Is this India’s finest hour?
Travelling around India this month, in blinding contrast to the evident levels of stark poverty that can be seen in a great number of its citizens, something in the air tells one that India is pulsing with energy for change. For throughout the next half a century India will be seen to emerge as one of the worlds most successful economies and will rightfully seat itself as a new world power. The economy is one driving force of this change, projected to grow at over seven percent for the fourth year in a row – something previously unseen since its independence is 1947. Another driving force is the startling achievement of maintaining democratic rule in a country riddled with abject poverty. Prime Minister Singh and his government are currently enjoying a decoration of compliments at the diplomatic table of foreign powers, with everyone jostling for a position of favour as the country takes its larger seat. Who could deny then the motives of the other powers currently doing the complimenting? The rise of China in economic terms, and so in military might, will certainly one day challenge the US worldwide hegemony, and so there is a geopolitical rationale to the US’s actions at present, by far the most obvious of all the foreign powers efforts.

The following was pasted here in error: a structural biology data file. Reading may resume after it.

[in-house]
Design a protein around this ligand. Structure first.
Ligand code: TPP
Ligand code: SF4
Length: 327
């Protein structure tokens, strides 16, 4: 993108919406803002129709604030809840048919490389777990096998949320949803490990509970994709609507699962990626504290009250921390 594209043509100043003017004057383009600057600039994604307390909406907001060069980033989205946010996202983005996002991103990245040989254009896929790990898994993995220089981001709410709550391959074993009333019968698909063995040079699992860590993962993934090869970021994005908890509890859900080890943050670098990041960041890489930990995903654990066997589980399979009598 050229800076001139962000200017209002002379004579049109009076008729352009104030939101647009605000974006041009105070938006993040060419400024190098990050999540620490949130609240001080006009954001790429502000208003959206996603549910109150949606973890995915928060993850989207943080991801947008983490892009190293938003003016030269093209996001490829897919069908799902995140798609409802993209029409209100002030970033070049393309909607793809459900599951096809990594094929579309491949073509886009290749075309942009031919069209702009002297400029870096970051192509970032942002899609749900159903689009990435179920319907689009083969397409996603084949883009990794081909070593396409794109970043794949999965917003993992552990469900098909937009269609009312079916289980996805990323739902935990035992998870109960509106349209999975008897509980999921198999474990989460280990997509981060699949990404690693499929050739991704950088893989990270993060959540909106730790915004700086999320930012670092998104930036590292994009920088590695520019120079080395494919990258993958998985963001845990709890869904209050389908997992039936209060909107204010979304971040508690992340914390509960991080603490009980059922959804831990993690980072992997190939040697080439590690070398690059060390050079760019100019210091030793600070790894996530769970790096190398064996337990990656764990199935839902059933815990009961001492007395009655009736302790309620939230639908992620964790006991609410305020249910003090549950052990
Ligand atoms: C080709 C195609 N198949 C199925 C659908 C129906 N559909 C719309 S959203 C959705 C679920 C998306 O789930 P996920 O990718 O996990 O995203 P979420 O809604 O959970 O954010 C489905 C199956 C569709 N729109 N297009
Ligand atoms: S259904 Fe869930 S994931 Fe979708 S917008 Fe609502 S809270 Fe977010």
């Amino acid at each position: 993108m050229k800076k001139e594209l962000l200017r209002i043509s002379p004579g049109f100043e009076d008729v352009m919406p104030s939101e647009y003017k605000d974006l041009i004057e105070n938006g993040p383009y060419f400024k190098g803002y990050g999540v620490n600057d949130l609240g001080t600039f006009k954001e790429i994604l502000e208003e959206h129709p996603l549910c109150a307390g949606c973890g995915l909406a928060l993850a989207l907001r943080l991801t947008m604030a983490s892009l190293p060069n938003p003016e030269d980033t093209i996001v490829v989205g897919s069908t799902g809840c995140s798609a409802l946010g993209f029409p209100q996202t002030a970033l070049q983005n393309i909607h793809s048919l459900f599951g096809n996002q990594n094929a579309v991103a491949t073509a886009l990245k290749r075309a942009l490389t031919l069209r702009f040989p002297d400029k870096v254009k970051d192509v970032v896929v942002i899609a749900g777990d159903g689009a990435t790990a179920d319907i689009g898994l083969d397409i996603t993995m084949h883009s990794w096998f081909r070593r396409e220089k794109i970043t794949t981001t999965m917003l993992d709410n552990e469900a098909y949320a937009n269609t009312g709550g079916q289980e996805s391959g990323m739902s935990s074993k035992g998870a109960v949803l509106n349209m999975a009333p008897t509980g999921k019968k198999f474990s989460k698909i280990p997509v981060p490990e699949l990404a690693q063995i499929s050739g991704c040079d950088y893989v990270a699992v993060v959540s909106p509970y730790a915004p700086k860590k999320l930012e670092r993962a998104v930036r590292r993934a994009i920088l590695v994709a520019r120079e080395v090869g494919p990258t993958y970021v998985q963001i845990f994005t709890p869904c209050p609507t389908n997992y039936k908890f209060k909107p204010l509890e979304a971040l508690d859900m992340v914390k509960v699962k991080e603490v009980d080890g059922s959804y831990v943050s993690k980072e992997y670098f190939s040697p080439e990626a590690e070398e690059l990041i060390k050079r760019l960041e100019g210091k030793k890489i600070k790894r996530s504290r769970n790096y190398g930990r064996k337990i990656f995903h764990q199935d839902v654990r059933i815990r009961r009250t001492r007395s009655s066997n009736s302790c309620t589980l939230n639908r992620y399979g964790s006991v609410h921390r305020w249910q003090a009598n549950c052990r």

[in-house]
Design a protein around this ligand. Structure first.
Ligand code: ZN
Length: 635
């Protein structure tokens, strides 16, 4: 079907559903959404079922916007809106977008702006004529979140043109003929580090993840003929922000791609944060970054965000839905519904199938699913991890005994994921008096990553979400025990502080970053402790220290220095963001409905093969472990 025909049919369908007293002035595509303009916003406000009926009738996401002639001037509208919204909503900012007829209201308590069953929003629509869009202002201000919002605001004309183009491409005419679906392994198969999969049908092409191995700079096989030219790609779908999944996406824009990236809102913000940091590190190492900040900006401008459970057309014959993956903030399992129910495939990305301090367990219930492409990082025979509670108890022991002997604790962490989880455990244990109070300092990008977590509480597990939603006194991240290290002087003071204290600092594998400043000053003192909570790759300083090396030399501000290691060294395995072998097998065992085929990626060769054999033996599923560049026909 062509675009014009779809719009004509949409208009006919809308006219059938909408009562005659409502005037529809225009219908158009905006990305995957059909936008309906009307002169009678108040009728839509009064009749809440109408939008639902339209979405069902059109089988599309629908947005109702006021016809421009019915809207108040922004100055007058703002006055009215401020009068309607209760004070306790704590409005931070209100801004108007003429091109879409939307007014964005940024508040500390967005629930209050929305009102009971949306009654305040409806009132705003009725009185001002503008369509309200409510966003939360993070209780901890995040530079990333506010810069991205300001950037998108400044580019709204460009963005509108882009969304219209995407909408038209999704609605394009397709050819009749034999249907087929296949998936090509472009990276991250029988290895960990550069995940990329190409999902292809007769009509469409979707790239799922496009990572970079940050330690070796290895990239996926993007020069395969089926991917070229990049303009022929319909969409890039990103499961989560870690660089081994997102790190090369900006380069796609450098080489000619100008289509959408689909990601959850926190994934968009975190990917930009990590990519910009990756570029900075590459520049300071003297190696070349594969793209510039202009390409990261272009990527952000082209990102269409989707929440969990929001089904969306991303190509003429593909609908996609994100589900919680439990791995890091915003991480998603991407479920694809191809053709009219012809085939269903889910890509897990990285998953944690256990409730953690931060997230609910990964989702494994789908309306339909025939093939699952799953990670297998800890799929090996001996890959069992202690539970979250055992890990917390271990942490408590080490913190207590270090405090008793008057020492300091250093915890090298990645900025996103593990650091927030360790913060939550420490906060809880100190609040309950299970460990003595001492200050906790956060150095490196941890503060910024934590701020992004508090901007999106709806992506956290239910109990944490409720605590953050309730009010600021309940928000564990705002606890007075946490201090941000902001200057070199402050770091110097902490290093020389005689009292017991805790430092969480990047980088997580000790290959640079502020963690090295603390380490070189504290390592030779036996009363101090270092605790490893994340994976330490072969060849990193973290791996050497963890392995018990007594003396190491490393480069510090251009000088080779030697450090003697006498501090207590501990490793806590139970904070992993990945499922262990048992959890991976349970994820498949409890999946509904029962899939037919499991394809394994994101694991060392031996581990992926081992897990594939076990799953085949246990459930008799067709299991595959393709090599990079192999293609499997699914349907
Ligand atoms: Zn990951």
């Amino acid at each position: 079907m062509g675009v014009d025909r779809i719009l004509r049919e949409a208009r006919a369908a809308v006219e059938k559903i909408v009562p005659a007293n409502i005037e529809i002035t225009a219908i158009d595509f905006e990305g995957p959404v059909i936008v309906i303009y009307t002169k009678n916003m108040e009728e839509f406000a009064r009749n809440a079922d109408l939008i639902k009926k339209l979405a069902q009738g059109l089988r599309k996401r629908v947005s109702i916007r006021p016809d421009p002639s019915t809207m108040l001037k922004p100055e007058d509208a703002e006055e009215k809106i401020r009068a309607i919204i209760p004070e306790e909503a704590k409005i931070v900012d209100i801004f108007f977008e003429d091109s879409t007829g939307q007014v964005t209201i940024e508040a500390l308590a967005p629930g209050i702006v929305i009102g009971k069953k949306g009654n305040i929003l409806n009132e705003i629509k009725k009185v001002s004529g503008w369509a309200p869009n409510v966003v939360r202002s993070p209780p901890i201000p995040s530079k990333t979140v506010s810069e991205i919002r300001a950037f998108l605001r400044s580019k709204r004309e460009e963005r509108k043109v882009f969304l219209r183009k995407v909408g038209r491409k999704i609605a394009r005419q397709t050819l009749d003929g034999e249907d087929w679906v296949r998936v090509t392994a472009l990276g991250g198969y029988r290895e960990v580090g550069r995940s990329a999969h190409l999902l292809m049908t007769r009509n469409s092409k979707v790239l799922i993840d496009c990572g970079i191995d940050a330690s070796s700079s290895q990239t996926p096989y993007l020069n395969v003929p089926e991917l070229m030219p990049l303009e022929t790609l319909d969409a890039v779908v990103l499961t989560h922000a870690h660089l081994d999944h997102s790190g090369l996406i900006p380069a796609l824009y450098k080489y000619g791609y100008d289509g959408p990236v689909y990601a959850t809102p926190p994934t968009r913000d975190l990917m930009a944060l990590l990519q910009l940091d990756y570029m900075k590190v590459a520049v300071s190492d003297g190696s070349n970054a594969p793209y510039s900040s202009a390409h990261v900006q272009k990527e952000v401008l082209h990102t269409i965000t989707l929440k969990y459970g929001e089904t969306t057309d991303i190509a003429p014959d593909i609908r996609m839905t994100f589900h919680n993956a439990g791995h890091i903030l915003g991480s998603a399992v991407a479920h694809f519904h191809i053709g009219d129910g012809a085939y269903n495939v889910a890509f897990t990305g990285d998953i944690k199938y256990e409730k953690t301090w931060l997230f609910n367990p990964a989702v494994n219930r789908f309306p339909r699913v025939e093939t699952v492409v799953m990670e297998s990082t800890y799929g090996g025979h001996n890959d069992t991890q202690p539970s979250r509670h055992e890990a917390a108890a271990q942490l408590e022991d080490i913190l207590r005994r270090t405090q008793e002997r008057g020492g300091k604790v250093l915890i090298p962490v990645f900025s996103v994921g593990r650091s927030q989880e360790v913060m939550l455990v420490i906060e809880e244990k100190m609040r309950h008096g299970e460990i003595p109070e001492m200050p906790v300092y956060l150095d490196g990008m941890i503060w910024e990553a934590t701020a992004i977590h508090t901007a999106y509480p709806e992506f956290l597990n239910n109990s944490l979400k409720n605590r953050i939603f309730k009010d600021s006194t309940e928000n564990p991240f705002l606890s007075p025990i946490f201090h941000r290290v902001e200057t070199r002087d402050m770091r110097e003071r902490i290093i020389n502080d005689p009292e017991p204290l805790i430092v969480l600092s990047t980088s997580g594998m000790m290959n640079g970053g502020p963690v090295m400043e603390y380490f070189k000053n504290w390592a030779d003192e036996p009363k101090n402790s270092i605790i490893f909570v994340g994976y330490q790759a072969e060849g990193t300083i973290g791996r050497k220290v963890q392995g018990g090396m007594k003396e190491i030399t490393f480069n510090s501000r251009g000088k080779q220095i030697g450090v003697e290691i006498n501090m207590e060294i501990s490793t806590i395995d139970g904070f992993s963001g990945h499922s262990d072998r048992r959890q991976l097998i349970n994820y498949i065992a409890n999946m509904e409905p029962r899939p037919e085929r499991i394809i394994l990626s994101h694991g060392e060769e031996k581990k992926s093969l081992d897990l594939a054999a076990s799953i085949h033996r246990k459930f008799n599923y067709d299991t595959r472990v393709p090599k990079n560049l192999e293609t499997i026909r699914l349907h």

Whilst India did drift towards the Soviets in cold war times, and its neighbour and long term enemy Pakistan sidled up with the US during the latter’s war with Afghanistan, India has not chosen sides just yet. So what to expect for the coming year? Well what the US is bringing to the table is the promise of full cooperation on the civilian nuclear programme, even with the absence of India’s signing of the Nuclear Non-Proliferation Treaty. This doesn’t go with boundaries however, and one major boundary is likely to be an overlooking on India’s part of its close ties with Iran, as the US heats up its concerns publicly over nuclear matters in Iran. What India may lose as a result of cosying up to the US is its good seating in the proposed building of a gas pipeline running from Iran, through Pakistan to India as part of an effort to secure its future energy needs. As the country accelerates economically, its large population to low natural oil and gas resource ratio will be harder felt.
The project also offers an extended handshake of peace and cooperation to neighbouring Pakistan. Something which, if not achieved soon, will loom large over any potential growth in diplomatic ties to the world’s wealthy powers, regardless of its economic success.
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